Although a potter does not absolutely need to know about the various fluxes, a base knowledge of the types of fluxes is helpful in making sense of your experiences as you work with glazes.
One of the easiest ways to categorize fluxes is by their major component. It must also be remembered that these are mined materials that have been minimally processed (usually simply being pulverized). Variations do occur at times, and mines do play out.
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Wood ash is the exception to the above categorization. Chemical components in ash vary wildly and are also complex. Ashes can be considered to be naturally occurring.
Other sources of ash that can be used are reeds, grasses, straw, leaves, and so on. The high alkaline content, which acts as the flux in the glaze, is caustic, so some people wash the ashes before use. Washed ash does not flux as well as unwashed ash, and will require more ash content in the glaze.
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Sodium fluxes are generally useful at mid- to high- fire ranges. The sodium fluxes include:
- Soda feldspar, such as the commercially available Kona F-4.
- Nepheline syenite: A high soda feldspar that included some potassium, has a lower melting temperature than soda feldspar and is useful in the mid-range temperatures. Often abbreviated to "neph sye" by many potters.
- Sodium carbonate: aka soda ash.
- Sodium chloride: aka table salt. Used in salt firing and vapor glazing in saggers.
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Potassium-fluxed glazes have greater durability than soda-fluxed glazes. Potassium is preferred for high-fire glazes. The potassium fluxes include:
- Potash feldspars, such as Custer and G-200.
- Cornwall stone: aka Cornish stone. Contains mainly potassium, but also has sodium and calcium.
- Volcanic ash: Generally richest in potassium, but the chemical composition can vary widely. Always do a few test pieces when using a new bag of volcanic ash when mixing your own glazes.
- Potassium carbonate: aka pearl ash. Used mainly as a color modifier.
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Lithium is used both for fluxing and for encouraging crystal growth in crystalline glazes. The lithium fluxes include:
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- Lithium feldspars, such as spodumene and petalite.
- Lithium carbonate: The preferred source of lithium for crystal growth.
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Boron is the most commonly used low-fire flux, other than lead. Boron fluxes include:
- Gerstley Borate: No longer mined, but some limited amounts are still available. Synthetic replacements are available from many suppliers.
- Borax: Often used in raku glazes and to smooth out higher firing glazes.
- Boron-containing frits such as Ferro 3110, 3124, and 3134.
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Calcium fluxes are not used quite as often as the feldspathic fluxes. They include:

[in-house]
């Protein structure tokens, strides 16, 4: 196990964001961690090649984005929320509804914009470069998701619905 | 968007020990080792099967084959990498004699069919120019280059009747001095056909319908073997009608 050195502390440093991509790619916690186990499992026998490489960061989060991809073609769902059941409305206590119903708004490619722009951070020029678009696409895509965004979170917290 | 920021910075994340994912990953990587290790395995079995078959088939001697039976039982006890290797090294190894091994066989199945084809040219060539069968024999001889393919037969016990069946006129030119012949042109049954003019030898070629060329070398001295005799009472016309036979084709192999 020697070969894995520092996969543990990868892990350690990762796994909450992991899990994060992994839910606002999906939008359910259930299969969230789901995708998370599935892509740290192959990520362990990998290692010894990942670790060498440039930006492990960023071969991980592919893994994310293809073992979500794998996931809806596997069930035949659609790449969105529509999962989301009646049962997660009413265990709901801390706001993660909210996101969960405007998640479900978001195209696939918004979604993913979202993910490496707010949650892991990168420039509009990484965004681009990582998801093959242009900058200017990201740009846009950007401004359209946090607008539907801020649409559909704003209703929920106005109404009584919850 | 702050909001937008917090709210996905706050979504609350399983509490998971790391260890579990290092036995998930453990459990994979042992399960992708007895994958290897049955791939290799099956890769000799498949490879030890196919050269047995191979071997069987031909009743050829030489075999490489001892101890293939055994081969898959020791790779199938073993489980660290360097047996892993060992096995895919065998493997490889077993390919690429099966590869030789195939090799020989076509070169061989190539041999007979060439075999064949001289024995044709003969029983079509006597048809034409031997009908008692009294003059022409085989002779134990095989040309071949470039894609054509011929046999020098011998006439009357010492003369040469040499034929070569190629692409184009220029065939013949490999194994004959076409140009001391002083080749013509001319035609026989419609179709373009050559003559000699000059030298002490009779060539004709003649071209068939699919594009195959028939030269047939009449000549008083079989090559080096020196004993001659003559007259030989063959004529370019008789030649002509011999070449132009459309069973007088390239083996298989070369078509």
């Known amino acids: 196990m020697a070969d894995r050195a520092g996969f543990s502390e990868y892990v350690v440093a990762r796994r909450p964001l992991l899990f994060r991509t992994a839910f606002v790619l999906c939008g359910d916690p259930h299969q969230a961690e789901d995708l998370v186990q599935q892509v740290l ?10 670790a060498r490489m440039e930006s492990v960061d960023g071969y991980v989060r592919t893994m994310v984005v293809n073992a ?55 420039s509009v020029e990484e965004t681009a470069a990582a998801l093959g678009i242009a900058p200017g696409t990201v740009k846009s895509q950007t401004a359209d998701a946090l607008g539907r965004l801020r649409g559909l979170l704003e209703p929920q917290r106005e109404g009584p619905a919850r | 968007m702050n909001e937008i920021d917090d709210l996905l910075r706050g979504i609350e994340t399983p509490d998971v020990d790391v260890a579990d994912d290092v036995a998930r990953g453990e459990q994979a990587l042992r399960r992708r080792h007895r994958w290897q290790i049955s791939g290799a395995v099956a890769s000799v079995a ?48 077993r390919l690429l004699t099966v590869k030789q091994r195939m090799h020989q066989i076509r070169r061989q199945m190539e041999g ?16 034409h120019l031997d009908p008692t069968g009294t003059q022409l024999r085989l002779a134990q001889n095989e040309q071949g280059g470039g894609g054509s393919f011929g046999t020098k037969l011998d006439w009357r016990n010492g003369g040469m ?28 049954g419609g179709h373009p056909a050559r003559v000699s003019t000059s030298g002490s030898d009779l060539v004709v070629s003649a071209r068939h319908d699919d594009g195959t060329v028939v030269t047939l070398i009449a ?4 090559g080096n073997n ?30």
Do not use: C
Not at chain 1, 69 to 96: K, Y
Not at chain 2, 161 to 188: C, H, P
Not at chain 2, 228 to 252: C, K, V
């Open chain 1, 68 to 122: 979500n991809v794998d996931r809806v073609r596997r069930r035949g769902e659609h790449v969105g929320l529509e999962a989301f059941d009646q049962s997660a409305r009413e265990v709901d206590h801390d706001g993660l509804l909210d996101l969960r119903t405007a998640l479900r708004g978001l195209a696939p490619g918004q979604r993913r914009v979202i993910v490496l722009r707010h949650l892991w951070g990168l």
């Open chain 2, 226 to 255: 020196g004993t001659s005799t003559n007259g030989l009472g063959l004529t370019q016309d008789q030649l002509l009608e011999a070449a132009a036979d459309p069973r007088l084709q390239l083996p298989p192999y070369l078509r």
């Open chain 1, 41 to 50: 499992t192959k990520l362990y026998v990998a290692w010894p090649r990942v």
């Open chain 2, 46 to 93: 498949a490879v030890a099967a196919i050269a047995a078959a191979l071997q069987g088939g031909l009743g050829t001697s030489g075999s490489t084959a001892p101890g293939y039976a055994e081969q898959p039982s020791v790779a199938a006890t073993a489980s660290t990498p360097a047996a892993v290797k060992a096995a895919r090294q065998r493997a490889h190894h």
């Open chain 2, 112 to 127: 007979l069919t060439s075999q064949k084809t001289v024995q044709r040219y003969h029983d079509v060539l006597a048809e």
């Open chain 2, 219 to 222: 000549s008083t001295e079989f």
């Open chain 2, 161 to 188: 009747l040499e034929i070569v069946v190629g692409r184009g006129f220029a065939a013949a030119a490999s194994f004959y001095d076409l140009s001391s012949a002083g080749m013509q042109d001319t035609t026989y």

- Whiting: aka calcium carbonate and lime. Used in high-fire glazes.
- Dolomite: A calcium-magnesium carbonate used in high-fire glazes.
- Wollastonite: A calcium silicate used in both clay bodies and glazes. Promotes strength and reduces shrinkage.
- Bone ash: aka calcium phosphate. Used to produce opacity and opalescence in glazes, as well as being a flux.
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Magnesium fluxes include:
- Magnesium carbonate: flux for high-fire range, increases glaze adhesion and viscosity. Used for matte glazes.
- Talc: Used as a flux in low-temperature clay bodies, and as a flux in both low- and high-fire glazes.
- Dolomite: A calcium-magnesium carbonate flux used in the high-fire range when both elements are desired.
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Barium carbonate is used as a flux at high temperatures. Can produce satin-matte, matte, and stony matte glazes.Continue to 9 of 12 below.
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Strontium carbonate can be used very much like calcium carbonate (whiting) but also increases a glaze's resistance to crazing and scratches.
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Lead historically has been the most commonly used flux. It produces very nice glazes at low temperatures and enhances colors. It is also highly toxic and is rarely used by potters in industrialized countries anymore. Even when fired, lead will leach out of the glaze into food or beverages, especially those which are acidic. Lead glazes of any form should never be used for functional pottery.
- Red lead and white lead: These are two forms of raw lead and are extremely toxic in large amounts. Lead remains in the body indefinitely, resulting in cumulative amounts increasing with each exposure.
- Lead silicate and other lead frits: Fritted lead compounds are less toxic than raw leads. They are still hazardous, however, and are best avoided.
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Zinc oxide acts as a flux at high temperatures. However, it will vaporize in a reduction atmosphere, resulting in highly toxic fumes. Zinc oxide also can lend opacity and in large amounts can encourage crystal growth.
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Iron is generally known as a colorant, but it also can act as a powerful flux, especially in reduction atmospheres. Ferric oxide is used as a colorant, whereas 5% or more of ferrous oxide provides a powerful fluxing action.